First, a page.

Hotel sales training: excel at using the phone

Hotel sales training teaches phone use

Here’s some hotel sales training that seems basic: how and when to answer the telephone

We find that when we analyze hotel sales managers and inbound phone calls, there are some legitimate concerns. Let’s take a look at some of them.

You don’t need our hotel sales training to tell you that when you receive a call, it may include inquiries or requests from clients calling you. Those might come in via email, but let’s concentrate on inbound telephone calls for now. These calls  could be from an individual customer contacting the hotel sales manager, or it could be a third party. It could even be a lead from your local visitor’s bureau…well, it couldn’t be that, because we don’t ever get…

Just kidding!

Some local bureaus are very effective allies for the us. (We’ve given hotel sales training to many, so we know at least some are trained right!) We often blame them for our problems and usually that’s not accurate.

But back to the inbound telephone calls… We have spent lots of time studying the inbound telephone call to the hotel sales manager. In my hotel sales training company we do dozens of test calls every month to a wide variety of hotels out there:

  • giant hotels
  • little hotels
  • hotels with a lot of meeting space
  • hotels with no meeting space
  • rooms only events

We do these calls for our clients to help measure how well our hotel sales training “sticks.”

We’ve learned lots about inbound calls that way. We’ve also consulted with AT&T  on this — they’re real experts on the use of the telephone.


hotel sales training on phone useWhen an inquiry call comes into the sales manager’s office, obviously it’s not someone calling from upstairs wondering who will win the game this weekend; it’s a bonafide customer. How many rings should you allow before you answer that phone? The answer (drum roll, please): two and a half. If you can answer the phone within the second and third ring, it shows your professionalism and credibility. You’re projecting an image of an having a skill set that says I can answer the phone in a timely and efficient manner. It says “You should be comfortable trusting your event, your business, your group, or your travelers with me.” It’s often your very first chance to gain credibility. So it’s one way you can distinguish yourself from the competition – answer the phone between the second and third rings.

If you have to err on this, pick up the phone a bit early. So the second best answer for the hotel sales manager to answer between the first and the second ring. What we’ve found though is that the customer is actually rushed a little bit, possibly they’re still coughing, chewing, drinking their coffee or tea or whatever it is. So in general, you’re actually a little too soon.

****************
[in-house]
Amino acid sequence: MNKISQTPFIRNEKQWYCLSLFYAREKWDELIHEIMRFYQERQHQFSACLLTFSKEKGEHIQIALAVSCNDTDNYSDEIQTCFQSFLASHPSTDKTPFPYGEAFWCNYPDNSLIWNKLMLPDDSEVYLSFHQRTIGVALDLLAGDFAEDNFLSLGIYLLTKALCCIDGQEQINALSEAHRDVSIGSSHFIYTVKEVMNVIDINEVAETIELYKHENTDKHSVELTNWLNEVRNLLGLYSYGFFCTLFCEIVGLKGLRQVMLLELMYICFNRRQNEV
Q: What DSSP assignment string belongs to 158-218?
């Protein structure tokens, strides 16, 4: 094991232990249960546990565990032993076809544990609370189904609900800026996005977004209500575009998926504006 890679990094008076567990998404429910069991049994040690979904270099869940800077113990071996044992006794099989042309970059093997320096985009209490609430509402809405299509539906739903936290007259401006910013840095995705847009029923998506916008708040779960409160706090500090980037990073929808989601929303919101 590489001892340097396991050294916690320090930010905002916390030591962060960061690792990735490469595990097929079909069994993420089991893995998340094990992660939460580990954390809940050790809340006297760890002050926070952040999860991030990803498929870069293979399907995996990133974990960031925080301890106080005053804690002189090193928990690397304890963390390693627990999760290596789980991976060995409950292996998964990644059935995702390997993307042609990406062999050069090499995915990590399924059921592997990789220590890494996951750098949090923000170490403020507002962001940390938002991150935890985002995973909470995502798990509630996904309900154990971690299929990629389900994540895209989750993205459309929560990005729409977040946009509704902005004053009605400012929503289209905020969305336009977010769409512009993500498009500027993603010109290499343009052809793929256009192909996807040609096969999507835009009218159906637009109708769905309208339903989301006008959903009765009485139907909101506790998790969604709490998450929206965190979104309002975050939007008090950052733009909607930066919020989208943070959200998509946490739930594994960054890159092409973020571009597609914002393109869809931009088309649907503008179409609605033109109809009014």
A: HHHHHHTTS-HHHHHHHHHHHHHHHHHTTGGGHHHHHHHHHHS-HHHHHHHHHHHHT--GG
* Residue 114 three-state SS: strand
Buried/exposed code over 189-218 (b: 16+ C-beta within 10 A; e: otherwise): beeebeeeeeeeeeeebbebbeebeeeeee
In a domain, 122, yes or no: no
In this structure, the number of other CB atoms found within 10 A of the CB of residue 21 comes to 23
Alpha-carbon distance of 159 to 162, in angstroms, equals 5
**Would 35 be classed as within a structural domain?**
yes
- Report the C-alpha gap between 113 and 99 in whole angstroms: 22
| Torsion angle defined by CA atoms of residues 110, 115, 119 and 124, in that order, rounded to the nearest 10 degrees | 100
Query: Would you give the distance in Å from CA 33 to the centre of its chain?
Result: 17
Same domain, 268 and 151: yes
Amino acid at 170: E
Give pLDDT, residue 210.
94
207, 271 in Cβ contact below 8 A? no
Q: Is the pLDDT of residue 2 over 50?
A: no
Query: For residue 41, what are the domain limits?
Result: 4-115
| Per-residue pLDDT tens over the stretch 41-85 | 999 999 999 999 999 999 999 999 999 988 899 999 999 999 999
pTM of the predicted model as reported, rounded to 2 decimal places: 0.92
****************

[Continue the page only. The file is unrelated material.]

If you pick up the phone between the zero and the first ring, it says “I’m desperate or not very busy.”

Here’s one for you: what do you call it when the telephone hasn’t even rung and you answer it? Clairvoyant, that’s what. I knew you were going to be calling! That would be ideal, but if you could do that consistently you’d probably want to take that act on the road…

But what image do you project when you pick up on the sixth, seventh, eighth, ninth, or even fifteenth ring? It’s probably the worst image you can project. It says you can’t even answer the phone in a timely and efficient manner, so how could a client possibly trust your business, group, event traveler to you?

Avoid creating an image that you can’t even be bothered to answer the phone in a timely and efficient manner.

The professional does not need specialized hotel sales training to realize that ideally there is always someone available to answer the phone. Now I know that this is often more difficult in the smaller hotels. If you’re away from your office on outside sales calls (which you should be if you serve your local market), then who should be answering the phone when it rings in your office when you’re gone? Well, if you’re fortunate enough to have a catering manager, make sure he or she covers for you. How about your general manager? Depending on the size of the hotel, that may not be ideal as it may communicate that the general manager has no better use of his or her time than to be answering phone calls.

We recently read a good article in which they document a survey about customer attitudes towards their treatment on the phone. There are lots of great tips in there about putting customers on hold, etc., so check it out.

You probably have already gotten some hotel sales training that has taught you that if you can help it you really don’t want the missed call going into voice mail.

The silver lining about voice mail is that evidence suggest that if the customer knows you already, they probably are very comfortable with leaving you a message. But we have to give them that choice.

To be prepared to use voice mail in the most effective manner, see my earlier hotel sales training post about the need to change voice mail frequently and respond often.

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